Earth satellites are affected by many small forces in addition to the main inverse-square force directed toward the centre of the earth, and these perturbations cause the orbital elements to change slowly with time. In the case of earth satellites, the mean distance a, the eccentricity e and the inclination i do not change on the average (they may fluctuate slightly over the short term). The longitude of the line of nodes, Ω, the argument of perigee, ω, and the rate of change of mean anomaly change steadily with time. The drag of the atmosphere is negligible for satellites that do not come lower than about 1000 km at perigee, which includes most practical satellites. For lower satellites, atmospheric drag causes a loss of energy at perigee that pulls in the apogee position, making the orbit less eccentric and decreasing the orbital period. Paradoxically, the drag speeds up the satellite! The pulls of the moon and sun, tidal effects cause orbital changes. The direct tidal effect is due to the force exerted directly on the satellite, while the indirect tidal effect is due to the changes in mass distribution of the earth caused by tidal motions. Pressure of solar radiation and solar wind is another disturbing effect. The most important perturbing force, however, is that exerted by the equatorial bulge of the earth.
The gravitational potential of the earth can be expressed approximately as V = GM/r [1 - (aE/r)2J2P2(sin φ)], where aE is the equatorial radius of the earth, 6 378 137 m, J2 = 0.001082630, and P2(x) is the Legendre polynomial of second degree, (1/2)(3x2 - 1). The argument of this polynomial is usually seen as cos θ, but here we use the latitude φ = 90° - θ. This is the first part of an expansion in spherical harmonics, which can even allow for a lumpy earth that is not symmetric about the polar axis. The correction to the 1/r field shown here is a zonal harmonic of order 2, related to the flattening f = a/(a - b) = 1/298 of the earth. However, the gravitational potential depends on the distribution of mass in the earth, so it cannot be expressed simply in terms of f. The radial component of the force is -∂V/∂r, and the tangential part is (1/r)∂V/∂θ. The motion of earth satellites has led to a much better knowledge of the earth's gravitational potential.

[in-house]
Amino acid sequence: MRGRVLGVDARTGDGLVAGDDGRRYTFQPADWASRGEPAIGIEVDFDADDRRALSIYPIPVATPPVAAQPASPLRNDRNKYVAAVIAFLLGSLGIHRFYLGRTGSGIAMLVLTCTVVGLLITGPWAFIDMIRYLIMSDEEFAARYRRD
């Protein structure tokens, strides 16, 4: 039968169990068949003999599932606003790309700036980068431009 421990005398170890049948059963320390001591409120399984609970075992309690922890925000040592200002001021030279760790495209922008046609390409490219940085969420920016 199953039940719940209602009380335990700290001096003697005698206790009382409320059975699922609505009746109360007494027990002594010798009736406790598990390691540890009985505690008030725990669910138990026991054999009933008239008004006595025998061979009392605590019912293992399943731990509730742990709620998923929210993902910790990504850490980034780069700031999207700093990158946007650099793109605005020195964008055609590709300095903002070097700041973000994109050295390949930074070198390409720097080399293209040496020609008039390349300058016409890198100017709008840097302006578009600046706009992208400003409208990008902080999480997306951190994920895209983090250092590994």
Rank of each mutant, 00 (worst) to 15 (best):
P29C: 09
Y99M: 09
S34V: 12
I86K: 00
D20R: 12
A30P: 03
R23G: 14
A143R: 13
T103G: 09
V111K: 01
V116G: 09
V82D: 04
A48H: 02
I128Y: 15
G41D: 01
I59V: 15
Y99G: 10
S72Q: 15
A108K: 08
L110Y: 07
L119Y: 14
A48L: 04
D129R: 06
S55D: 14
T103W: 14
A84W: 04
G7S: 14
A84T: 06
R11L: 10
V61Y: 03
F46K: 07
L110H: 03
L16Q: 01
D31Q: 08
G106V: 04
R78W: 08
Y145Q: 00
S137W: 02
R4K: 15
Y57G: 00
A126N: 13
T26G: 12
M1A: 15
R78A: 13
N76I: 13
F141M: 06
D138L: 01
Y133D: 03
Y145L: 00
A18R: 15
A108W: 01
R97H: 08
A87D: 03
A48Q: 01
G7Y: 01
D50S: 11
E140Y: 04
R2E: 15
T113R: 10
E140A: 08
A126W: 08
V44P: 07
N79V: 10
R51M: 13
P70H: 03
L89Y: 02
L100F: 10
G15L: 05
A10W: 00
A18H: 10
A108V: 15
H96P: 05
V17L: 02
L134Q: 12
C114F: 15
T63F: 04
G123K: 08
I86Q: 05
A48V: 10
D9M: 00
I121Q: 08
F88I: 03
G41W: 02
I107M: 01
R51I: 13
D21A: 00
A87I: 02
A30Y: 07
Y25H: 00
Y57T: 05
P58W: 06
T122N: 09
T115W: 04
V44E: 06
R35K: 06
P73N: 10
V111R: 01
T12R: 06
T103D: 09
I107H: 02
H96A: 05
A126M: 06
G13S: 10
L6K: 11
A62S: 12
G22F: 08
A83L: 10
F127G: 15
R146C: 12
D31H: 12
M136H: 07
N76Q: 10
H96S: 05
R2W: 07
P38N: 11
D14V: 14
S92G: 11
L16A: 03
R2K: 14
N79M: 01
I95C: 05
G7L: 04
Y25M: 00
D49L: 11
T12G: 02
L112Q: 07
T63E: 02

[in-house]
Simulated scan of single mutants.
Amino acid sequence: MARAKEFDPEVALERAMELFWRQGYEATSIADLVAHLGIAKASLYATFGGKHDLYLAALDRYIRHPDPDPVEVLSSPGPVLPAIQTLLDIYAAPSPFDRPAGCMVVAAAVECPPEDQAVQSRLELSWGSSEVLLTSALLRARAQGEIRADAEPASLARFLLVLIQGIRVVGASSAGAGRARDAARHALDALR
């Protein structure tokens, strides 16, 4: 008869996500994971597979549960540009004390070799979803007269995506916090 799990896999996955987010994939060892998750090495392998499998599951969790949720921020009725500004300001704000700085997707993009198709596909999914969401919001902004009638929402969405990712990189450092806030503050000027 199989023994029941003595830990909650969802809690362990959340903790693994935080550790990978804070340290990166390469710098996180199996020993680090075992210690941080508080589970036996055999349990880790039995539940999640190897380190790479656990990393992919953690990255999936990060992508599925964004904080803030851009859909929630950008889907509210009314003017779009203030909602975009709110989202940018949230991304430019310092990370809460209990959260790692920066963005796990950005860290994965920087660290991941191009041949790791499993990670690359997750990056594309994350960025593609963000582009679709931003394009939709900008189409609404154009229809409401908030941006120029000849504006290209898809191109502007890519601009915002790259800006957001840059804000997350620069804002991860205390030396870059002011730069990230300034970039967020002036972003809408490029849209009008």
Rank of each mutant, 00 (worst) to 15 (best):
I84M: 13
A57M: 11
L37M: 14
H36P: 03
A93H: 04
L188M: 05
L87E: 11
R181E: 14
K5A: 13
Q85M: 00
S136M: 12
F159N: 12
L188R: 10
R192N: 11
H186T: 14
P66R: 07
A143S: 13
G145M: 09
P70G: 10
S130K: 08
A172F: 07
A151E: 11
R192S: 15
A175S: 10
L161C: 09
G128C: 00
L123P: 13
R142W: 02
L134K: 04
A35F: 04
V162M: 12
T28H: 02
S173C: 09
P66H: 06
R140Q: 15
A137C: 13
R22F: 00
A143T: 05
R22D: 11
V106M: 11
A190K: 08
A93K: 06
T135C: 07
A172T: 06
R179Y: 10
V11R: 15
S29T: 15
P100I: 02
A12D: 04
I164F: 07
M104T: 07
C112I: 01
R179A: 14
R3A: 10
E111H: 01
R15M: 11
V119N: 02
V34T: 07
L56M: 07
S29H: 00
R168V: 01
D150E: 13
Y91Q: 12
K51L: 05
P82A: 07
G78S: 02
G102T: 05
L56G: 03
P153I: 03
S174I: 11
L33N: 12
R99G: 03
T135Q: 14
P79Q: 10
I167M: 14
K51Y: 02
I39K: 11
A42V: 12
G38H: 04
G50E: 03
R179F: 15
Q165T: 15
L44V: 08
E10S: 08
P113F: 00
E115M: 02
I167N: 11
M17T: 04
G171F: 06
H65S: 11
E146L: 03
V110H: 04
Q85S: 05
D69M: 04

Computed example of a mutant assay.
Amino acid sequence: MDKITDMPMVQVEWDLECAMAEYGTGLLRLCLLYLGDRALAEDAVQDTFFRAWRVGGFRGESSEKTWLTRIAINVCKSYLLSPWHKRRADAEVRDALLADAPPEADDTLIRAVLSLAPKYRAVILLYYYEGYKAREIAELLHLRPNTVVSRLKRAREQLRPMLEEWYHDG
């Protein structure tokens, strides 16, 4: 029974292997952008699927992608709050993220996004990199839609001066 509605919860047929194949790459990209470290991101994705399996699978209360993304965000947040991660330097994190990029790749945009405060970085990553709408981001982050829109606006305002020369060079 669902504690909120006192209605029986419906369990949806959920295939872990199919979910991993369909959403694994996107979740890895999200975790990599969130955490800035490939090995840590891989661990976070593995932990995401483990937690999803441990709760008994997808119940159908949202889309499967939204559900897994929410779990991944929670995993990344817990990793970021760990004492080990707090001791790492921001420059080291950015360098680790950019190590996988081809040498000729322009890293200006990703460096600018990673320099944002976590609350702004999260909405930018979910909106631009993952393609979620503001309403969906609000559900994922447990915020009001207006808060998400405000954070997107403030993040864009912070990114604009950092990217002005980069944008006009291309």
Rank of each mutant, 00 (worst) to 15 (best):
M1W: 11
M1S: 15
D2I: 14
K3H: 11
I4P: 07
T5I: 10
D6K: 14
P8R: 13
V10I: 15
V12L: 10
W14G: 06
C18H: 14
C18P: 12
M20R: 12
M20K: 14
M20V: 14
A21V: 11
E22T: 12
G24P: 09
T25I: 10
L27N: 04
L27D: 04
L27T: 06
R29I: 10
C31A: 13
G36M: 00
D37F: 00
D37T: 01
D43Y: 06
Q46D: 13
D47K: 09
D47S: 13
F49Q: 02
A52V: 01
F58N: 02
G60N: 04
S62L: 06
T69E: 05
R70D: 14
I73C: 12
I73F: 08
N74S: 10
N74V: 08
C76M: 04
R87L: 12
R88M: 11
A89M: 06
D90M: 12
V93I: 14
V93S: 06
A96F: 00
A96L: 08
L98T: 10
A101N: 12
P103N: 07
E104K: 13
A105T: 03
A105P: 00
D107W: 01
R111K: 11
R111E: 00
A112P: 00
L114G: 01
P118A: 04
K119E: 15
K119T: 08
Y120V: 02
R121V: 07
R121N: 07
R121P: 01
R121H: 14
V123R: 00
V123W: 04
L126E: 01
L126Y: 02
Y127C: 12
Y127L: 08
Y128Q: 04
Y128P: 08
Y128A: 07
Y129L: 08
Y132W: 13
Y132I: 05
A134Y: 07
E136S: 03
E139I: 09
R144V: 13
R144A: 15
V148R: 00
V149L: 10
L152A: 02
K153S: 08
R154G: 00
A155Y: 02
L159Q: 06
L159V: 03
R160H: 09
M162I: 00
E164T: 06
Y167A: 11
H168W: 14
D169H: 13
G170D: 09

If a satellite has a mean motion n = 2π/P, a mean distance a and an inclination i, the movement of the line of nodes is dΩ/dt = -(3n/2)(aE/a)2[cos i/(1 - e2)2]J2, and the change of the argument of perigee is dω/dt = +(3n/4)(aE/a)2[(5cos2i - 1) /(1 - e2)2]J2. The quantities are in MKS units, and the results are in radians per second. For the moon, the line of nodes rotates once in 18.6 years. For a typical GPS satellite, the line of nodes moves about -0.03° per year, the perigee about 0.01° per year. All the other perturbations are much smaller in amount, but must be taken into consideration in accurate work. Relativistic perturbing accelerations are inversely proportional to the fourth power of the distance r. Their magnitudes for GPS satellites are about 3 x 10-10 m/s2, less than other small perturbations, so they have no practical effect, although they have been considered.